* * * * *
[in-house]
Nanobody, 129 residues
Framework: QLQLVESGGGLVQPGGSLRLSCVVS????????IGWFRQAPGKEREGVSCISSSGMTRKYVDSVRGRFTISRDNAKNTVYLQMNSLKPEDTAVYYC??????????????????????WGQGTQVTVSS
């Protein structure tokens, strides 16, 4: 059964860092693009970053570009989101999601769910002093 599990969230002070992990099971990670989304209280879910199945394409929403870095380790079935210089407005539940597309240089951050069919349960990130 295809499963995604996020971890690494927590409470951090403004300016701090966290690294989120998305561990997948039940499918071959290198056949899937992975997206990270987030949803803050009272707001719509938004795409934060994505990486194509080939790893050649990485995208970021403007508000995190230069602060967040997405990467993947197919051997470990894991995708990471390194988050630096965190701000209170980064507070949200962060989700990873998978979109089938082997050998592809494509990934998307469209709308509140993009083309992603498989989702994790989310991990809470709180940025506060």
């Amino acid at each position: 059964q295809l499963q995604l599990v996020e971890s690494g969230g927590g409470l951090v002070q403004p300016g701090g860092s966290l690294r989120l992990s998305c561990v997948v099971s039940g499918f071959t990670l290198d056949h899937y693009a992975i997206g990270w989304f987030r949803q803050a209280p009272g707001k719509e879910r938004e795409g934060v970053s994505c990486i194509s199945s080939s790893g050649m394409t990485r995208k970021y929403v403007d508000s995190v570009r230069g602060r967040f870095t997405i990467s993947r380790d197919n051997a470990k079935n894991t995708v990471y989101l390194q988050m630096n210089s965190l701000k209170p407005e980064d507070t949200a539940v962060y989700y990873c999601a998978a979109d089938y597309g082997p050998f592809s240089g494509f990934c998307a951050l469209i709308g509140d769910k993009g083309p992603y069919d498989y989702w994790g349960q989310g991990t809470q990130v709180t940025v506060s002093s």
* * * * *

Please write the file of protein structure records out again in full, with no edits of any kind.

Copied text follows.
[in-house]
Nanobody, 129 residues
Framework: QLQLVESGGGLVQPGGSLRLSCVVS????????IGWFRQAPGKEREGVSCISSSGMTRKYVDSVRGRFTISRDNAKNTVYLQMNSLKPEDTAVYYC??????????????????????WGQGTQVTVSS
């Protein structure tokens, strides 16, 4: 059964860092693009970053570009989101999601769910002093 599990969230002070992990099971990670989304209280879910199945394409929403870095380790079935210089407005539940597309240089951050069919349960990130 295809499963995604996020971890690494927590409470951090403004300016701090966290690294989120998305561990997948039940499918071959290198056949899937992975997206990270987030949803803050009272707001719509938004795409934060994505990486194509080939790893050649990485995208970021403007508000995190230069602060967040997405990467993947197919051997470990894991995708990471390194988050630096965190701000209170980064507070949200962060989700990873998978979109089938082997050998592809494509990934998307469209709308509140993009083309992603498989989702994790989310991990809470709180940025506060």
């Amino acid at each position: 059964q295809l499963q995604l599990v996020e971890s690494g969230g927590g409470l951090v002070q403004p300016g701090g860092s966290l690294r989120l992990s998305c561990v997948v099971s039940g499918f071959t990670l290198d056949h899937y693009a992975i997206g990270w989304f987030r949803q803050a209280p009272g707001k719509e879910r938004e795409g934060v970053s994505c990486i194509s199945s080939s790893g050649m394409t990485r995208k970021y929403v403007d508000s995190v570009r230069g602060r967040f870095t997405i990467s993947r380790d197919n051997a470990k079935n894991t995708v990471y989101l390194q988050m630096n210089s965190l701000k209170p407005e980064d507070t949200a539940v962060y989700y990873c999601a998978a979109d089938y597309g082997p050998f592809s240089g494509f990934c998307a951050l469209i709308g509140d769910k993009g083309p992603y069919d498989y989702w994790g349960q989310g991990t809470q990130v709180t940025v506060s002093s």